My heart and my thoughts go out to the victims of the Boston Marathon bombings and their families. For those who were not wounding physically, I know that that psychological scars cut just as deep, and you are in my thoughts and my heart as well. It is a senseless tragedy.
I had intended today's post to be a trip report, or rather a series of reports. I had an excellent run on Sunday, and found that I was at a fitness level that I hadn't realized I was at. I also have several older trip reports to catch up on.
Most of them will have to wait. Probably indefinitely. I'll relate portions of two reports in this post, and that'll be enough for now.
One of the things that pushed me on Sunday, and especially on an impromptu run a week before, was grief. Last Saturday, April 6th, marked the 35th birthday of my friend Suzy Lyall, who disappeared 15 years ago, on March 2nd, 1998. All these years later, I still invariably get hit with what feels like a ton of bricks on one or both of those dates, and this year was no exception. I was in a funk all day, despite having taken measures to avoid it. A few years ago, I lined up a chronological playlist of her favorite band, RUSH, in iTunes, and used it as a mechanism for channeling and focusing the grief and the rage. I had started a traverse through that playlist on Friday, but it still wasn't enough. I was barely functioning, though I couldn't see it. My wife had told me to go take a drive, go for a run, anything to clear my head, but I was so far gone that I resisted, insisting that I was fine.
Eventually I went out. I headed to Target to get a chocolate bar for dinner. (Dinner of champions, I know. There are very few chocolates left that I can eat without getting sick, and Target sells one of them.) It was something to do and it got me out. When I got back to my car, I broke down. I don't know how long I sat there, texting my wife while tears were rolling down my face, but I eventually snapped out of it long enough to come to a clear decision: go run.
I drove over to Camp Saratoga, and ran. The park was closing soon, I was in street clothes, my pants were falling down, and my hiking shoes hurt my feet, but I ran. I picked up some of the older pathways, just faint herd paths now, and crossed some decaying bridges that had been pivotal in my younger days as a Boy Scout. In effect, I ran into the past, the distant past, to a time when I still had a naive world view.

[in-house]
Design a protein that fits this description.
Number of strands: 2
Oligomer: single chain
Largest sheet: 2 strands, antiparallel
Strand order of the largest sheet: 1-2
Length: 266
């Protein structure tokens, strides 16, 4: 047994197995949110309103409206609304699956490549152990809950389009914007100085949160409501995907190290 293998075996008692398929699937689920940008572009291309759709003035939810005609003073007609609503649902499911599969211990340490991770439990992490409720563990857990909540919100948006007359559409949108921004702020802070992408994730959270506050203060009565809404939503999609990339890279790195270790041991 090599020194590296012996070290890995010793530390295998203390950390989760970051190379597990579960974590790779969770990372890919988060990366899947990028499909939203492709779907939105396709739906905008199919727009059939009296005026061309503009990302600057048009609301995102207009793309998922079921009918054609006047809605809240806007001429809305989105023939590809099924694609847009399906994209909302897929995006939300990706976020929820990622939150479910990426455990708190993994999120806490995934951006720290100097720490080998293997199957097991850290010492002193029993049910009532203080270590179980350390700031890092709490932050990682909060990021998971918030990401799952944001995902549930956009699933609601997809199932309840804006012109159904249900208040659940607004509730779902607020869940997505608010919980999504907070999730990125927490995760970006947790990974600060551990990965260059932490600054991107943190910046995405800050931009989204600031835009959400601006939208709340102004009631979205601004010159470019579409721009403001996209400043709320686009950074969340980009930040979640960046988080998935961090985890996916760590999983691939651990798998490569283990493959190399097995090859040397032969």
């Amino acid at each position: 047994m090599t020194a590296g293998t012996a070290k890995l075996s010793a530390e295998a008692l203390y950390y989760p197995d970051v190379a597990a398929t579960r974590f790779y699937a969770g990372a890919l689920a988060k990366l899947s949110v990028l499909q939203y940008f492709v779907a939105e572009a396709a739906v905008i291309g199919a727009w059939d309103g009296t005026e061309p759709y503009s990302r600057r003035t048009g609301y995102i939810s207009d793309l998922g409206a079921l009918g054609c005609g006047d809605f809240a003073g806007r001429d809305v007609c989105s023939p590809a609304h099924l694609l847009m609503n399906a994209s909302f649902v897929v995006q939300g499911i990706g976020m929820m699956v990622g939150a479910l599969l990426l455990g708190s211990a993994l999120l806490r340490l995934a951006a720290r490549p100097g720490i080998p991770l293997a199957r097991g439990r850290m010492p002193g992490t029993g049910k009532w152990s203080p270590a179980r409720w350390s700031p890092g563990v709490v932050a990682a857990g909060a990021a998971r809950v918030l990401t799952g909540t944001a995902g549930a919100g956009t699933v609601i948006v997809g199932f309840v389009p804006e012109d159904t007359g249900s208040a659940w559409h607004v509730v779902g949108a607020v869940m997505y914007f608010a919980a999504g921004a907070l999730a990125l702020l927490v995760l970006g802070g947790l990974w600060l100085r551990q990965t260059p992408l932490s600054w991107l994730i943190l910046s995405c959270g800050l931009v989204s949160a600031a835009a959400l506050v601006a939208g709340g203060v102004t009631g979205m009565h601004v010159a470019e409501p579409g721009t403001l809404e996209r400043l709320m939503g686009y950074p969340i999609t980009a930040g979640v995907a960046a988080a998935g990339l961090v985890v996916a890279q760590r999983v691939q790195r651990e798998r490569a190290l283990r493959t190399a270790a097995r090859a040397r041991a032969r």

It helped. A lot.
Fast forward a week, and Sunday rolls around. I had a chance to go for a run, so I did. I built upon the catharsis from last week, channeled that grief and rage, and anger, and confusion, and pain, and ran. I thought about Paula Barton Viesturs' comment to her mountaineer husband, Ed, after the deaths of Rob Hall, Scott Fisher, and so many others, and "(ran) like I have never (run) before". Before the snows hit, I hadn't been able to run for longer than a mile before my body screamed for a break. When I was running on the snow, I could last for... 90 seconds... before I had to shut down and switch to walking. On Sunday, I set a good pace, and ran for a good 42 minutes at a 12:00 pace for 3.5 miles before I took my first walking break. I know it's nothing to write home about, but it was a major step forward for me.
I was also running in and out of my history here as well, at Saratoga Spa State Park. At one point I ran down an old road and suddenly was faced with the backside of a view that I had seen many times before in the 90s, when a few friends and I had come here to cook out, including Suzy.
So, the theme for today's post / trip report was supposed to be about these runs, about finding relief, and channeling grief into something productive. There's a lot more to the story that I think needs to be told.
Instead I'm sitting here, dumbstruck, wondering why some idiot or idiots would choose to (apparently) detonate bombs or IEDs in the middle of people waiting for runners in the Boston Marathon. I don't understand the increase in violence that has occurred over the past year or so. Mass killings are becoming a regular occurrence in this country. I don't understand what makes a man walk into a movie theater and start firing, or a school, for gods' sake, and start shooting elementary school children. I don't understand how someone can willingly bomb crowds of innocent people, here in the USA, or abroad. It doesn't make any sense.
I also don't understand how so many people disappear each year. So, I'm still sitting here, searching for answers, for today and for yesterday. Perhaps I always will be. The only conclusion I can come to is that we have to live our lives to the fullest, because you never know what will happen tomorrow.